Tube lights are becoming an absolute must for most shooters, and Godox sneaks in with a secret weapon for its TL lineup.
Ten years ago, tube lights more or less didn't exist, and now we can't really imagine shooting without them. Yes, there were Kino-Flo tubes from the 1990s, but they needed a mounting system. A tube light, as we think about it today, is its own self-contained unit. Sometimes with battery, sometimes without, it's the light that is just there for you when you need it.
While we have Quasar and Astera up at the top end, in the indie space, we've got Aputure, Godox, and Nanlite competing with some really competing units that can give users a quick, useful light you can tuck just about anywhere.
We spent some time with the Godox TL120 lights and walked away very impressed.
Godox has a nice lineup of tube lights on offer, the shorter TL60 lights and the TL120 lights. The TL120s are available in a four-light kit that comes in a hard case which we think of as being a very smart decision. We've had soft cases for tube lights fall apart in the past, and tube lights, while durable, are still a little bit delicate. Having them bundled and neatly packed together in a nice hard case is something we think most users will opt for when it's within their budget, and the budget on a four-light Godox TL120 kit is quite affordable.
Coming along in that kit is a host of hardware to make the units truly flexible. They have built-in batteries (similar to the competitor, Nanlite), which is great when you've remembered to or had the time to charge them. If not, they are also set up for external batteries, with V-mount adapters and external power cables, to make it easy to pop a V-mount on for a mobile shot.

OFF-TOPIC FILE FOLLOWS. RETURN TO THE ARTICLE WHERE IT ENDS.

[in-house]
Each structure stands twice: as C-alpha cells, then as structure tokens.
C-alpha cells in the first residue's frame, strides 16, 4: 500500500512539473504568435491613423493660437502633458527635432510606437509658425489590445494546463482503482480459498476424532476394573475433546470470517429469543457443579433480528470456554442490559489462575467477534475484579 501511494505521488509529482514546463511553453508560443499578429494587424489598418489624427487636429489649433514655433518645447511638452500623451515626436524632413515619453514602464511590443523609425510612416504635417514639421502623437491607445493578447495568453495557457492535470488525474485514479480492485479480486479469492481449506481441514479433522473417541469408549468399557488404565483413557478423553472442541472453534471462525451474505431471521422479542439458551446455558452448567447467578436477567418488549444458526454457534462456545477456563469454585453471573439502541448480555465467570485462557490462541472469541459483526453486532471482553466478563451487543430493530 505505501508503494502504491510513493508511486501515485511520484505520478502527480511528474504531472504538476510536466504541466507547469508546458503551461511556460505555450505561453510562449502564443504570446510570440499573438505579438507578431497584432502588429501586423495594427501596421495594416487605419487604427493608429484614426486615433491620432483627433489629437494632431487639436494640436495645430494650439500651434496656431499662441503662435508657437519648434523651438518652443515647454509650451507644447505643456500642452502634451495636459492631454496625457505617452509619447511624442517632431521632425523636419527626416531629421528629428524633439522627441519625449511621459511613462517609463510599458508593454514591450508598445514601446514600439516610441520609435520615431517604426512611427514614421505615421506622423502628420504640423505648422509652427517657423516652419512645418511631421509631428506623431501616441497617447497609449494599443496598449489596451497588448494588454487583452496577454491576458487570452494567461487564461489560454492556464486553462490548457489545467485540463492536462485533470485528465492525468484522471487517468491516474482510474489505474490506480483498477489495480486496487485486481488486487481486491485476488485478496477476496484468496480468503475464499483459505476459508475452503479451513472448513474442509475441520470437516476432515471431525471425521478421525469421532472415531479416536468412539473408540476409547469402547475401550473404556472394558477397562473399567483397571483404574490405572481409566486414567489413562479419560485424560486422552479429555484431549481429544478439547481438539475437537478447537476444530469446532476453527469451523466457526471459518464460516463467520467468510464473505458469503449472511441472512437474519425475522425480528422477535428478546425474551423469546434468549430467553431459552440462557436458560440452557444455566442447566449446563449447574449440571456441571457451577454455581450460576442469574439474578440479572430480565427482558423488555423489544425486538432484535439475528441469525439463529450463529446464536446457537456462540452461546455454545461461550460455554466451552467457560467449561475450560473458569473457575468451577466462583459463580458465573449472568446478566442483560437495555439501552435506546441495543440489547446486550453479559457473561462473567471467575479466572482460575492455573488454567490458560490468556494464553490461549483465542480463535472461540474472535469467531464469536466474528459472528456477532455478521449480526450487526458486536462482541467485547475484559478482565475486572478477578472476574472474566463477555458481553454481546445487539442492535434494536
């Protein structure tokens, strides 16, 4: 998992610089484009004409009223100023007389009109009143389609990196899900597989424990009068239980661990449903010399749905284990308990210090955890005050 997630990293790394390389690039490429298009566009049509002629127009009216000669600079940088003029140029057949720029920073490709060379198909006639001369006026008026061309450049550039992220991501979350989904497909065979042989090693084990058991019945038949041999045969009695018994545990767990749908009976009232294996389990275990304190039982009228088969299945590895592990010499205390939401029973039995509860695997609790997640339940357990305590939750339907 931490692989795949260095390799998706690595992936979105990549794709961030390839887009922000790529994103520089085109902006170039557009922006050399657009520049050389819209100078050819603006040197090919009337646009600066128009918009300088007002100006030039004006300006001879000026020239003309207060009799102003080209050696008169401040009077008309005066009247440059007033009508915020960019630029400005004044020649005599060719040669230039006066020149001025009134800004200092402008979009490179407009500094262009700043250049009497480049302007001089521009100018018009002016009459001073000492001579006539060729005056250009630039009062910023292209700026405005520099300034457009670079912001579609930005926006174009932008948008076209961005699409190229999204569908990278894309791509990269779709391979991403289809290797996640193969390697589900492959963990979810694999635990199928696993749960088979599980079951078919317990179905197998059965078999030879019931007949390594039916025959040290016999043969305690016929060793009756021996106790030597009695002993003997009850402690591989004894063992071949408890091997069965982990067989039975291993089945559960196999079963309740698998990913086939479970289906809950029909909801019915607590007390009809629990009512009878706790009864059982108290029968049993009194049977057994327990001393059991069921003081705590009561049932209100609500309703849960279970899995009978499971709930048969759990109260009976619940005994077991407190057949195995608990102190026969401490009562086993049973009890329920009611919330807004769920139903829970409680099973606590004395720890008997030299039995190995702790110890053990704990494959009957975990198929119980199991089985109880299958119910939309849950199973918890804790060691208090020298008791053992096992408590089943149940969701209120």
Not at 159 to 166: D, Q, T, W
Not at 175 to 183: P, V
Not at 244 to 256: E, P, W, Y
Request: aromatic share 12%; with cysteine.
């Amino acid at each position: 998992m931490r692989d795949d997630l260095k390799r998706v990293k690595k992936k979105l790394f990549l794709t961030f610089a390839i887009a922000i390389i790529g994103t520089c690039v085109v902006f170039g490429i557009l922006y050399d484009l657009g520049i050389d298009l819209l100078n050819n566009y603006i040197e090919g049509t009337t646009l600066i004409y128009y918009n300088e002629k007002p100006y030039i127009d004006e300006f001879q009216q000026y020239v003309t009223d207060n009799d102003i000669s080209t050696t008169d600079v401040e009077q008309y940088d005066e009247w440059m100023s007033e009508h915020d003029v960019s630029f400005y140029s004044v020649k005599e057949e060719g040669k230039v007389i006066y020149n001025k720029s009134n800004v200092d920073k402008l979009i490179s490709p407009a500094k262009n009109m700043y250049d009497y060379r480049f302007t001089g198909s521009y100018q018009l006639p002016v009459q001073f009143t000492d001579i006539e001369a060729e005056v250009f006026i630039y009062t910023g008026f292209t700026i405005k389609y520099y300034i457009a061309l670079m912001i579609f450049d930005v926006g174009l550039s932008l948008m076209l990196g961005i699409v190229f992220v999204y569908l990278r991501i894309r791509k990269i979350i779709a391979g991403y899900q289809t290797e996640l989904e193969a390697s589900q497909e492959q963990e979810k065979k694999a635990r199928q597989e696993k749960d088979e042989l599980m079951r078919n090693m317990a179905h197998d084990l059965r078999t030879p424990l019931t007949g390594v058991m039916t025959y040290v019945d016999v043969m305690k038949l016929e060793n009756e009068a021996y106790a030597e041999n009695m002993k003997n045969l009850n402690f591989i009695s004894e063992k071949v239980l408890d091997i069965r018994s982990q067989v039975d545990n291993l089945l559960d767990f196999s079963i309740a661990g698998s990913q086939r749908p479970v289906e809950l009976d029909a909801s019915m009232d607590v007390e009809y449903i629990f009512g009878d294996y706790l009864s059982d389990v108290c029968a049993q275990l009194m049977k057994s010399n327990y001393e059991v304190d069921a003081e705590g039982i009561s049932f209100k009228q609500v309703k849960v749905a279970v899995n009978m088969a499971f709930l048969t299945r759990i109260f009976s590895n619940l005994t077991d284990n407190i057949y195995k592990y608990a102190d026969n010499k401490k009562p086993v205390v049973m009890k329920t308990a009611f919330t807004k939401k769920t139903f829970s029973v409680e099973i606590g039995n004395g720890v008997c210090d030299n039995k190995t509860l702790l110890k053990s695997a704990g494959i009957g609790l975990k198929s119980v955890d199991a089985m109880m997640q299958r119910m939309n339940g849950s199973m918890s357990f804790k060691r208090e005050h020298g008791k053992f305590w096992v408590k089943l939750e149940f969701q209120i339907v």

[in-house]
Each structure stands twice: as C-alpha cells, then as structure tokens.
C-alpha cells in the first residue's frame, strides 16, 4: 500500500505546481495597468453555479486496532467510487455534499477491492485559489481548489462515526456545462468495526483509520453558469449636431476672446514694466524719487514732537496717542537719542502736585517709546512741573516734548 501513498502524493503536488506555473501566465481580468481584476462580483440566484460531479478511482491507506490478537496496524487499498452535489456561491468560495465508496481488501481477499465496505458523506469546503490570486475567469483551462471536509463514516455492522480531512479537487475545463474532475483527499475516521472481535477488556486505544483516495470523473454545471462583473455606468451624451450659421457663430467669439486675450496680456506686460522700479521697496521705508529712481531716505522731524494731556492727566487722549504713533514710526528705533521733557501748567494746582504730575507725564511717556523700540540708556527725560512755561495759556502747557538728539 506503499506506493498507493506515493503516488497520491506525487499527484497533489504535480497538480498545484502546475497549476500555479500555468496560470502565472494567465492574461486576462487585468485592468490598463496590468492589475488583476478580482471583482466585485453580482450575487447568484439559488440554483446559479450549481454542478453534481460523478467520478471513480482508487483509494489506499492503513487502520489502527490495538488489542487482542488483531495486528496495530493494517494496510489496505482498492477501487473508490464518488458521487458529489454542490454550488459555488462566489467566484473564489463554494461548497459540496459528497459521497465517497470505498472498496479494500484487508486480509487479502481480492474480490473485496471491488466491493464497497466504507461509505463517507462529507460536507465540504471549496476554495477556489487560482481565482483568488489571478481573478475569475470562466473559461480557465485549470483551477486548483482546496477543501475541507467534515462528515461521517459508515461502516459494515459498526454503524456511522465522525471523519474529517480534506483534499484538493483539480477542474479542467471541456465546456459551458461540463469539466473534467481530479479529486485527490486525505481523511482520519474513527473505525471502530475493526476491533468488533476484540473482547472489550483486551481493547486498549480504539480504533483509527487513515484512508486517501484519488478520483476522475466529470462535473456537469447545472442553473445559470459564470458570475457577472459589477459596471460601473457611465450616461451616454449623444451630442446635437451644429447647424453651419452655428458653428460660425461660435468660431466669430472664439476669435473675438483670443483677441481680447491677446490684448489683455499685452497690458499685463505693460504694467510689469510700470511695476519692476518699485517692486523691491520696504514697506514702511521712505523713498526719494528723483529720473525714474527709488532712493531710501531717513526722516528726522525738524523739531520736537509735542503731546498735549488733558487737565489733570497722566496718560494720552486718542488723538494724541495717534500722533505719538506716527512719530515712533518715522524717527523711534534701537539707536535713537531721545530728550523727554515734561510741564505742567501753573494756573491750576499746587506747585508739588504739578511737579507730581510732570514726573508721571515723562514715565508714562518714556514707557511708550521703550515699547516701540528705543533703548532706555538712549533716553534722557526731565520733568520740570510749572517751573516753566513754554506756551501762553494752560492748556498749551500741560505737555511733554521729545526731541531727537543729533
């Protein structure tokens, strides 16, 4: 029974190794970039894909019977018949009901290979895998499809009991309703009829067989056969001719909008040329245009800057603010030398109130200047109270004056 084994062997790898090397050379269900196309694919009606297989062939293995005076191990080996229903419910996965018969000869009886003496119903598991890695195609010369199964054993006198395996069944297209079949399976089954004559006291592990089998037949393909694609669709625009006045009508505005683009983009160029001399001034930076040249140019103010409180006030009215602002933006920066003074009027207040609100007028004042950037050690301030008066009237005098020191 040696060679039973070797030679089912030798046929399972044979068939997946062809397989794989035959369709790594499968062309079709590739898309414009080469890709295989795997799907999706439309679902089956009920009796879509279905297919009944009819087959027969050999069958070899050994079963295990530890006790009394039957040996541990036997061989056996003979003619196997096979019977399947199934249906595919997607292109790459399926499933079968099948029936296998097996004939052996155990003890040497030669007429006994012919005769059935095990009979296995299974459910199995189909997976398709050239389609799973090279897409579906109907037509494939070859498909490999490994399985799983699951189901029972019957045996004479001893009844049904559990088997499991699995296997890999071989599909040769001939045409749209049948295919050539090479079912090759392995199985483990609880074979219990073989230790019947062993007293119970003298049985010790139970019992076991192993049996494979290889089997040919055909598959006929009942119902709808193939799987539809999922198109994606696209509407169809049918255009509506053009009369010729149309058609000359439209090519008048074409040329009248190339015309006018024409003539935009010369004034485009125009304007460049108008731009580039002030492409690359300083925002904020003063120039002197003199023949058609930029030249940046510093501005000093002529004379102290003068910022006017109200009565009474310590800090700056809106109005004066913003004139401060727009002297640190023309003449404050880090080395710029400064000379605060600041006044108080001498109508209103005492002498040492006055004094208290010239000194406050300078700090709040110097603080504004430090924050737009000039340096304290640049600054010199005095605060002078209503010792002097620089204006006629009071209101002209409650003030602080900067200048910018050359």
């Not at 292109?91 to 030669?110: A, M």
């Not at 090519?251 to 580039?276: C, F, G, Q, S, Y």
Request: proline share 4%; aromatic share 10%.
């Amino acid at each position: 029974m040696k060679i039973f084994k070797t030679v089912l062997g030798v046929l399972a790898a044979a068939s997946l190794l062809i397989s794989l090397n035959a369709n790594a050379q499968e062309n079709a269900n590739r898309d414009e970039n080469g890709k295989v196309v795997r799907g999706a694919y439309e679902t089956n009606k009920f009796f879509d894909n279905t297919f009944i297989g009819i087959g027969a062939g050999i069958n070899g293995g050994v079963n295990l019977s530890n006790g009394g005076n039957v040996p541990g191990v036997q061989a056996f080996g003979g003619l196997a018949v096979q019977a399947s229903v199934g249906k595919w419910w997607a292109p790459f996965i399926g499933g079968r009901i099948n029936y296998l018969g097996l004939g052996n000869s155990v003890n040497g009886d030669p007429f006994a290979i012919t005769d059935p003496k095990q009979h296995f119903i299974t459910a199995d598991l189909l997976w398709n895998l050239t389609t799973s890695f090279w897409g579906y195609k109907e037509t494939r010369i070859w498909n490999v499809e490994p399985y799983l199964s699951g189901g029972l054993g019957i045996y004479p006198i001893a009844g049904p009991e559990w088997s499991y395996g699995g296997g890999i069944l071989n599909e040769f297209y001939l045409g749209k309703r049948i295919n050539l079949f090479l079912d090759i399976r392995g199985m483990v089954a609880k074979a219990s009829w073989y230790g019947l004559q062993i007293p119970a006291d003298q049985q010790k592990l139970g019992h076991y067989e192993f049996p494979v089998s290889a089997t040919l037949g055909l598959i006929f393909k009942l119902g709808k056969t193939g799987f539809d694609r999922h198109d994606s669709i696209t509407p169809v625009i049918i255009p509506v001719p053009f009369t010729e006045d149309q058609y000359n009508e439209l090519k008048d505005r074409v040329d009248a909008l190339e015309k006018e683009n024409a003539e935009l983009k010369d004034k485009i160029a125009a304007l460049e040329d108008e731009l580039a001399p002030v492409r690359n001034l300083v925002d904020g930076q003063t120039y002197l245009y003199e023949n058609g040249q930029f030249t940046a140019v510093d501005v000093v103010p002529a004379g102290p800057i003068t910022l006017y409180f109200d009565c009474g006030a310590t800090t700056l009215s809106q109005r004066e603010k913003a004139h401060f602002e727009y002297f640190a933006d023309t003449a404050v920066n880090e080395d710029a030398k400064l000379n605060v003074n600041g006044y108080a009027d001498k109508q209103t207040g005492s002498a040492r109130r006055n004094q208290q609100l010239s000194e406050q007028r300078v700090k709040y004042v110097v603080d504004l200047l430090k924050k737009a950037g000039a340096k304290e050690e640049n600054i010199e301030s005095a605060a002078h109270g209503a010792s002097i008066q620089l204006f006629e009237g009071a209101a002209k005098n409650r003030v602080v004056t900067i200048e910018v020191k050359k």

Especially interesting at this price point is the full DMX control. There is an app, of course, and the Godox app is pretty robust, second only to something like Sidus Link from Aputure. But DMX is a welcome feature since it tends to be something you see more of on larger sets. It speaks a bit to the ambitions Godox has for these units.
A Rainbow Spectrum
The Godox units are RGB, so they can do white light with red, green, and blue diodes. However, they don't have dedicated diodes for tungsten or daylight balance. This generally means your pure white modes won't be as good, and they aren't, but they are surprisingly much better than we expected.
RGB units have come a long way in the last few years, and compared to even units from 2017 or 2018, these are very useful as white light sources when you need them to be.
It's All About Control
Among all that, however, the killer feature is the remote control. It wasn't a feature we thought of that much since in previous lights we haven't used the remote control that often. But with tube lights, it was a great tool to easily adjust the light once it was in position without having access to a dimmer or other physical controls.
Yes, there is an app, but our issue with apps is that even the best ones tend to lose their connection when you need it the most. Our workaround for this is, when we have to use an app, we get an older iPad mini (which is cheap and a good size for bringing to set) and set it up as a dedicated device for controlling an app. Leaving the app open seems to make for a more reliable connection.
But you don't want to drag a dozen iPads to set with you, so having that remote was really something we found much more useful than we thought we would. Even in an app universe, we hope to see more physical touch-button remotes with units coming down the pike.
Give and Take
If there are drawbacks, they are pretty slight.
The first to be aware of, of course, is that these are RGB lights, not RGB-W or RGB-WW. That said, in testing, the white output was still somewhat pleasing. It's not going to be as perfect as units designed for RGB-WW output, but they intercut quite well. Surprisingly, the Tungsten setting matched much better than we thought it would.
The other drawbacks are quite minor. We wished there were wheels on the case, and a cover for the remote would be wonderful. The remote is the killer feature, but it can lead you to occasionally bumping the light controls and some sort of clip-on or fold-down cover would rule.
Of course, being part of an overall ecosystem is going to be a large part of your decision. If you already have a lot of punchier Aputure units, going for its tube lights might make more sense, especially when you can pull them together with the Sidus link app into a cohesive lighting plan. The Aputure units are also RGB-WW.
But if you are looking for a setup that you don't need to match to another set of lights and that gives you some flexibility, the Godox TL lineup, and especially the four-light kit for the TL120, are well worth a look.